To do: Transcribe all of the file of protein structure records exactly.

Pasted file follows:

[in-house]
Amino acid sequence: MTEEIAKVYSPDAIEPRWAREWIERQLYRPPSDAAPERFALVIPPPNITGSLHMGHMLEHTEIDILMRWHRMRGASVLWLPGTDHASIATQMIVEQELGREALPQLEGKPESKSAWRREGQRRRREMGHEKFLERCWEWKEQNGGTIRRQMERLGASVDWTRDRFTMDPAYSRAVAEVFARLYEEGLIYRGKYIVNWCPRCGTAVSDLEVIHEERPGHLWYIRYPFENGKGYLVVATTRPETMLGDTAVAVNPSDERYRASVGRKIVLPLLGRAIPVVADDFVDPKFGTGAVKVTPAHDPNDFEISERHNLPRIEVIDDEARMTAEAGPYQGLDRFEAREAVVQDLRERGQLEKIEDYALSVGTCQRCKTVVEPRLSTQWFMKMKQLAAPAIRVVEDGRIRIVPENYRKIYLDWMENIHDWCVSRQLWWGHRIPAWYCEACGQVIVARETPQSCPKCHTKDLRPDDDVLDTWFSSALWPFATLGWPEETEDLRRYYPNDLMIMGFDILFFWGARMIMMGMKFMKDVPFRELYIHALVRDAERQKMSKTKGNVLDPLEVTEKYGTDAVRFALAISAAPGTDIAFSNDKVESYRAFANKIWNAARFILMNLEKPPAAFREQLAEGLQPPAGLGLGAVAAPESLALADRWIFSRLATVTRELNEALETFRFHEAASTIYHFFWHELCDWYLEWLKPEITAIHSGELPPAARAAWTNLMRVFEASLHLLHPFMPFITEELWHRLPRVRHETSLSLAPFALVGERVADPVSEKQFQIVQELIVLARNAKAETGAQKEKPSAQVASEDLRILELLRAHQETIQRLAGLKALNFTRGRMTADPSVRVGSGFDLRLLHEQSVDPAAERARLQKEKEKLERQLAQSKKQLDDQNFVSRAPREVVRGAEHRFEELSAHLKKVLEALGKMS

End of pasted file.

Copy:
[in-house]
Amino acid sequence: MTEEIAKVYSPDAIEPRWAREWIERQLYRPPSDAAPERFALVIPPPNITGSLHMGHMLEHTEIDILMRWHRMRGASVLWLPGTDHASIATQMIVEQELGREALPQLEGKPESKSAWRREGQRRRREMGHEKFLERCWEWKEQNGGTIRRQMERLGASVDWTRDRFTMDPAYSRAVAEVFARLYEEGLIYRGKYIVNWCPRCGTAVSDLEVIHEERPGHLWYIRYPFENGKGYLVVATTRPETMLGDTAVAVNPSDERYRASVGRKIVLPLLGRAIPVVADDFVDPKFGTGAVKVTPAHDPNDFEISERHNLPRIEVIDDEARMTAEAGPYQGLDRFEAREAVVQDLRERGQLEKIEDYALSVGTCQRCKTVVEPRLSTQWFMKMKQLAAPAIRVVEDGRIRIVPENYRKIYLDWMENIHDWCVSRQLWWGHRIPAWYCEACGQVIVARETPQSCPKCHTKDLRPDDDVLDTWFSSALWPFATLGWPEETEDLRRYYPNDLMIMGFDILFFWGARMIMMGMKFMKDVPFRELYIHALVRDAERQKMSKTKGNVLDPLEVTEKYGTDAVRFALAISAAPGTDIAFSNDKVESYRAFANKIWNAARFILMNLEKPPAAFREQLAEGLQPPAGLGLGAVAAPESLALADRWIFSRLATVTRELNEALETFRFHEAASTIYHFFWHELCDWYLEWLKPEITAIHSGELPPAARAAWTNLMRVFEASLHLLHPFMPFITEELWHRLPRVRHETSLSLAPFALVGERVADPVSEKQFQIVQELIVLARNAKAETGAQKEKPSAQVASEDLRILELLRAHQETIQRLAGLKALNFTRGRMTADPSVRVGSGFDLRLLHEQSVDPAAERARLQKEKEKLERQLAQSKKQLDDQNFVSRAPREVVRGAEHRFEELSAHLKKVLEALGKMS